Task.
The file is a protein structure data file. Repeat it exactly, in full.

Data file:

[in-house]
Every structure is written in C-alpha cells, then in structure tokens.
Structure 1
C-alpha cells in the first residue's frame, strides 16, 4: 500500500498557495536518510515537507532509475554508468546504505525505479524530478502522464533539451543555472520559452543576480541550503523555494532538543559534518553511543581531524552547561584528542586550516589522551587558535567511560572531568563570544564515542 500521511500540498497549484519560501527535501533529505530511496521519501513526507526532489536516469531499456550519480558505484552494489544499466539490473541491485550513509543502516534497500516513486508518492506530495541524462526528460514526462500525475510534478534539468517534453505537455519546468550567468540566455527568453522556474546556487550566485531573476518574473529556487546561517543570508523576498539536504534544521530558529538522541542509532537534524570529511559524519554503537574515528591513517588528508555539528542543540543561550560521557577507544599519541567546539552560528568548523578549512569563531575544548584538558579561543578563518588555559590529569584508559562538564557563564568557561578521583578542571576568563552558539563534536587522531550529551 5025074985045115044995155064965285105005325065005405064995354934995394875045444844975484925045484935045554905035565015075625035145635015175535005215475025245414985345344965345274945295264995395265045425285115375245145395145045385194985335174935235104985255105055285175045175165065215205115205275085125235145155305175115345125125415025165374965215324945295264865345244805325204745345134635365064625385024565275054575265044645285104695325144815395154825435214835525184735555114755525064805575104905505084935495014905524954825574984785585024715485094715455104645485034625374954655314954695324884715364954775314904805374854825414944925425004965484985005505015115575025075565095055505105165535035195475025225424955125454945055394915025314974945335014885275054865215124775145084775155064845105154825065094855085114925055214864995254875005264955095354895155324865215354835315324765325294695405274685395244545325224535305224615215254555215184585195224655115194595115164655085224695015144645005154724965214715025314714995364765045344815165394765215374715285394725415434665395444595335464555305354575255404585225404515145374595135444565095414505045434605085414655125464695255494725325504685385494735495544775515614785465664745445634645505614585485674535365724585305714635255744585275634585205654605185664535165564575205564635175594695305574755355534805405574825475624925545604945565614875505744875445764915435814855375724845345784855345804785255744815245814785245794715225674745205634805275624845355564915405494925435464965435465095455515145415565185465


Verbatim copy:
[in-house]
Every structure is written in C-alpha cells, then in structure tokens.
Structure 1
C-alpha cells in the first residue's frame, strides 16, 4: 500500500498557495536518510515537507532509475554508468546504505525505479524530478502522464533539451543555472520559452543576480541550503523555494532538543559534518553511543581531524552547561584528542586550516589522551587558535567511560572531568563570544564515542 500521511500540498497549484519560501527535501533529505530511496521519501513526507526532489536516469531499456550519480558505484552494489544499466539490473541491485550513509543502516534497500516513486508518492506530495541524462526528460514526462500525475510534478534539468517534453505537455519546468550567468540566455527568453522556474546556487550566485531573476518574473529556487546561517543570508523576498539536504534544521530558529538522541542509532537534524570529511559524519554503537574515528591513517588528508555539528542543540543561550560521557577507544599519541567546539552560528568548523578549512569563531575544548584538558579561543578563518588555559590529569584508559562538564557563564568557561578521583578542571576568563552558539563534536587522531550529551 5025074985045115044995155064965285105005325065005405064995354934995394875045444844975484925045484935045554905035565015075625035145635015175535005215475025245414985345344965345274945295264995395265045425285115375245145395145045385194985335174935235104985255105055285175045175165065215205115205275085125235145155305175115345125125415025165374965215324945295264865345244805325204745345134635365064625385024565275054575265044645285104695325144815395154825435214835525184735555114755525064805575104905505084935495014905524954825574984785585024715485094715455104645485034625374954655314954695324884715364954775314904805374854825414944925425004965484985005505015115575025075565095055505105165535035195475025225424955125454945055394915025314974945335014885275054865215124775145084775155064845105154825065094855085114925055214864995254875005264955095354895155324865215354835315324765325294695405274685395244545325224535305224615215254555215184585195224655115194595115164655085224695015144645005154724965214715025314714995364765045344815165394765215374715285394725415434665395444595335464555305354575255404585225404515145374595135444565095414505045434605085414655125464695255494725325504685385494735495544775515614785465664745445634645505614585485674535365724585305714635255744585275634585205654605185664535165564575205564635175594695305574755355534805405574825475624925545604945565614875505744875445764915435814855375724845345784855345804785255744815245814785245794715225674745205634805275624845355564915405494925435464965435465095455515145415565185465